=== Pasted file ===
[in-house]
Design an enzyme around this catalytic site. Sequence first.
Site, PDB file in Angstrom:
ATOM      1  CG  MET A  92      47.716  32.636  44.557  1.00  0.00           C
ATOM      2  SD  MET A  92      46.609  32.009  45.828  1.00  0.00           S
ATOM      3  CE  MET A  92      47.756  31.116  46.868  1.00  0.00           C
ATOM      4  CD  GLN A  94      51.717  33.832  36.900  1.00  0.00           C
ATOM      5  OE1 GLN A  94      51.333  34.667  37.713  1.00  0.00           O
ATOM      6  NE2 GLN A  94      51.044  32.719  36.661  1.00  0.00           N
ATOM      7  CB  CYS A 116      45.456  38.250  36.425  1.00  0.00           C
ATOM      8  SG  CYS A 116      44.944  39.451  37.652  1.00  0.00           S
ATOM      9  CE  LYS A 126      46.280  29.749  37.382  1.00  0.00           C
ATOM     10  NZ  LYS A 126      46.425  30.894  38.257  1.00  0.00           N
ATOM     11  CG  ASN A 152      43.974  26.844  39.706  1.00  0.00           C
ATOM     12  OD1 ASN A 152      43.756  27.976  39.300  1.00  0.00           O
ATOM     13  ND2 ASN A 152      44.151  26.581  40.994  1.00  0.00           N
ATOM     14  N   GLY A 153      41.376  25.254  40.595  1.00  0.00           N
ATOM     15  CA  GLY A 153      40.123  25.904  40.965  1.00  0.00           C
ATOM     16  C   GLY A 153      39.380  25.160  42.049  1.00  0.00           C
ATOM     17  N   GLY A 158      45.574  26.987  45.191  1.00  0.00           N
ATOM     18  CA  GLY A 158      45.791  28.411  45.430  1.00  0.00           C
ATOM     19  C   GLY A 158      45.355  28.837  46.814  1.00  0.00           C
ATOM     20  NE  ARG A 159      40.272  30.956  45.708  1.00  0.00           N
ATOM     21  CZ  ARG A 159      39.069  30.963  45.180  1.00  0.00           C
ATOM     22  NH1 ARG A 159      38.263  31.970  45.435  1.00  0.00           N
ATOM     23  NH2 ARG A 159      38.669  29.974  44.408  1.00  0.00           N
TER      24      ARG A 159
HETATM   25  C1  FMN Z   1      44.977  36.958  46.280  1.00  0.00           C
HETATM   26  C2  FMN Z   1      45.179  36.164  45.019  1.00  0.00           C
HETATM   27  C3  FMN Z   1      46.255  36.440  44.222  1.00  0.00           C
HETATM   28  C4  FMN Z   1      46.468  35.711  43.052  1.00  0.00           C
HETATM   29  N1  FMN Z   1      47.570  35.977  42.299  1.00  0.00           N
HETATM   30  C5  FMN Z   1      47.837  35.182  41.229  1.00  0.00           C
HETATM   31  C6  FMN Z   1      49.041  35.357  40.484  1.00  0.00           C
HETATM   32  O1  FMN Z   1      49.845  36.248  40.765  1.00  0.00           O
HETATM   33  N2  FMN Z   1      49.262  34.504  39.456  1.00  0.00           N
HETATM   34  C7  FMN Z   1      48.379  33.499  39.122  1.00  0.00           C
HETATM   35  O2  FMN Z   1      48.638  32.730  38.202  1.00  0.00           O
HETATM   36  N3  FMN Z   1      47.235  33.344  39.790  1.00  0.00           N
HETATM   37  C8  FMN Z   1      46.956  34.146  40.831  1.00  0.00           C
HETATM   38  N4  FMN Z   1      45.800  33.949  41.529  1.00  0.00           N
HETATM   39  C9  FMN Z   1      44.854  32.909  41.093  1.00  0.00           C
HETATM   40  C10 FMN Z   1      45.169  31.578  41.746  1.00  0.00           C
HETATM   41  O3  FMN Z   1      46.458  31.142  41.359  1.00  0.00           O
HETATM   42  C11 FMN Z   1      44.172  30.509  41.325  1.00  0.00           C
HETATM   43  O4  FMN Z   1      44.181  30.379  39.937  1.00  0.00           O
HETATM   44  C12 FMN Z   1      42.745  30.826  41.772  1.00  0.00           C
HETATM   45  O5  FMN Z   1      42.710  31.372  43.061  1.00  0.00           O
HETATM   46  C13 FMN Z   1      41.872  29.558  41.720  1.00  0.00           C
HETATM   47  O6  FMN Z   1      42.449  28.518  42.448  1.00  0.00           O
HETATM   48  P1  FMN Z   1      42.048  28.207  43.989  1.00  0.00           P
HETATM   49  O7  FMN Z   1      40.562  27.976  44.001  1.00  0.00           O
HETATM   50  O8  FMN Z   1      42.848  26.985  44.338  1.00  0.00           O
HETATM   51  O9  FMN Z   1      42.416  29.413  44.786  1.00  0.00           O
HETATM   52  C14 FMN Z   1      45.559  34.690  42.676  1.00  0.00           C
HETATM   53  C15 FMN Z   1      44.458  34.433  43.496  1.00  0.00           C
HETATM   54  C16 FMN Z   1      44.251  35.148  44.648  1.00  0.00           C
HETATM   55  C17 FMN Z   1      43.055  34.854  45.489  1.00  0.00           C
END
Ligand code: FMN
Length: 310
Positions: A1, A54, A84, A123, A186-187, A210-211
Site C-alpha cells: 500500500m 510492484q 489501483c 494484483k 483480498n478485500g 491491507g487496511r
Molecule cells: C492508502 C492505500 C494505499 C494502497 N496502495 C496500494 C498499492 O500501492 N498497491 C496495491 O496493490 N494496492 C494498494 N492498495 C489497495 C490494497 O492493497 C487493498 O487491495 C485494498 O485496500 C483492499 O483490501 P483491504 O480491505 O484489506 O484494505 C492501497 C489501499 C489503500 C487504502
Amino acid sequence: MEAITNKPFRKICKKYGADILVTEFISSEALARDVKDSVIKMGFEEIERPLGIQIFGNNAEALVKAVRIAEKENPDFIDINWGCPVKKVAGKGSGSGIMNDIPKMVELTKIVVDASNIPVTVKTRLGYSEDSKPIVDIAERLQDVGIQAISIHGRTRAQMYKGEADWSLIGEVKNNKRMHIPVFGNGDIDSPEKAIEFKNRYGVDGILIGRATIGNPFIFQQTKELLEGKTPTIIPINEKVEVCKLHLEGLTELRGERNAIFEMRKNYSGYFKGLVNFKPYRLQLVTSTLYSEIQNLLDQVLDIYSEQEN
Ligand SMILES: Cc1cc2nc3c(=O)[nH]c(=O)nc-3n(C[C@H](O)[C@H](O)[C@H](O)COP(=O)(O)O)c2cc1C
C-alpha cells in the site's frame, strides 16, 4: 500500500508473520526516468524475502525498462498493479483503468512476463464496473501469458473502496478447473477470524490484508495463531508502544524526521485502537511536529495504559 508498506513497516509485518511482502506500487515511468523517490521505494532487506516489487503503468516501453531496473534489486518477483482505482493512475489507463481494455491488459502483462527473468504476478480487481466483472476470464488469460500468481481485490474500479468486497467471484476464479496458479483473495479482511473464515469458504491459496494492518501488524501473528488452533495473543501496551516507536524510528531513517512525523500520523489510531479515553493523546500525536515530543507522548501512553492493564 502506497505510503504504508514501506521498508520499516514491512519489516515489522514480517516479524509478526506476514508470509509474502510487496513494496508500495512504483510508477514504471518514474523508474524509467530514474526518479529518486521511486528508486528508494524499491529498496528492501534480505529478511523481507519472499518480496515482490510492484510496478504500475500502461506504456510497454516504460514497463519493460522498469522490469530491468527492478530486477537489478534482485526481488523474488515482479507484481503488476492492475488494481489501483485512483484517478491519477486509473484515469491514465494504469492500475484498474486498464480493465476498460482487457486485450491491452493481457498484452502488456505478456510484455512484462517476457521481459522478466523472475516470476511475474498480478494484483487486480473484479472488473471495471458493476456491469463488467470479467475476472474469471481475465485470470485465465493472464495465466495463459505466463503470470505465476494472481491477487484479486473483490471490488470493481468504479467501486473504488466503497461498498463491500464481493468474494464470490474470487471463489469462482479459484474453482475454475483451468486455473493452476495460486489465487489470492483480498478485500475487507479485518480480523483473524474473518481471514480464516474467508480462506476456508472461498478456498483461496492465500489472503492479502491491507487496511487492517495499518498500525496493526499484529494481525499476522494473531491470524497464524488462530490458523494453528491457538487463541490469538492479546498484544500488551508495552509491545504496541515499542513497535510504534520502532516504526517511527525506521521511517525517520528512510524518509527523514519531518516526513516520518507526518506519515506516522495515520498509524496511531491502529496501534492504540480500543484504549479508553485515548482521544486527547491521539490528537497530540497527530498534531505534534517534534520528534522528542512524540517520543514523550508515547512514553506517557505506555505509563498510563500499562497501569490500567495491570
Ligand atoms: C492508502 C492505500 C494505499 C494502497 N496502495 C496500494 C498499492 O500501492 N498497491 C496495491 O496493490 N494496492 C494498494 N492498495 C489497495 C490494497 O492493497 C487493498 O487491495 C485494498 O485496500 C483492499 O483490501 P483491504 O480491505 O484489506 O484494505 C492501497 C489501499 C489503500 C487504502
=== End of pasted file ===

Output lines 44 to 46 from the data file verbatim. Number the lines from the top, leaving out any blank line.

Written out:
HETATM   41  O3  FMN Z   1      46.458  31.142  41.359  1.00  0.00           O
HETATM   42  C11 FMN Z   1      44.172  30.509  41.325  1.00  0.00           C
HETATM   43  O4  FMN Z   1      44.181  30.379  39.937  1.00  0.00           O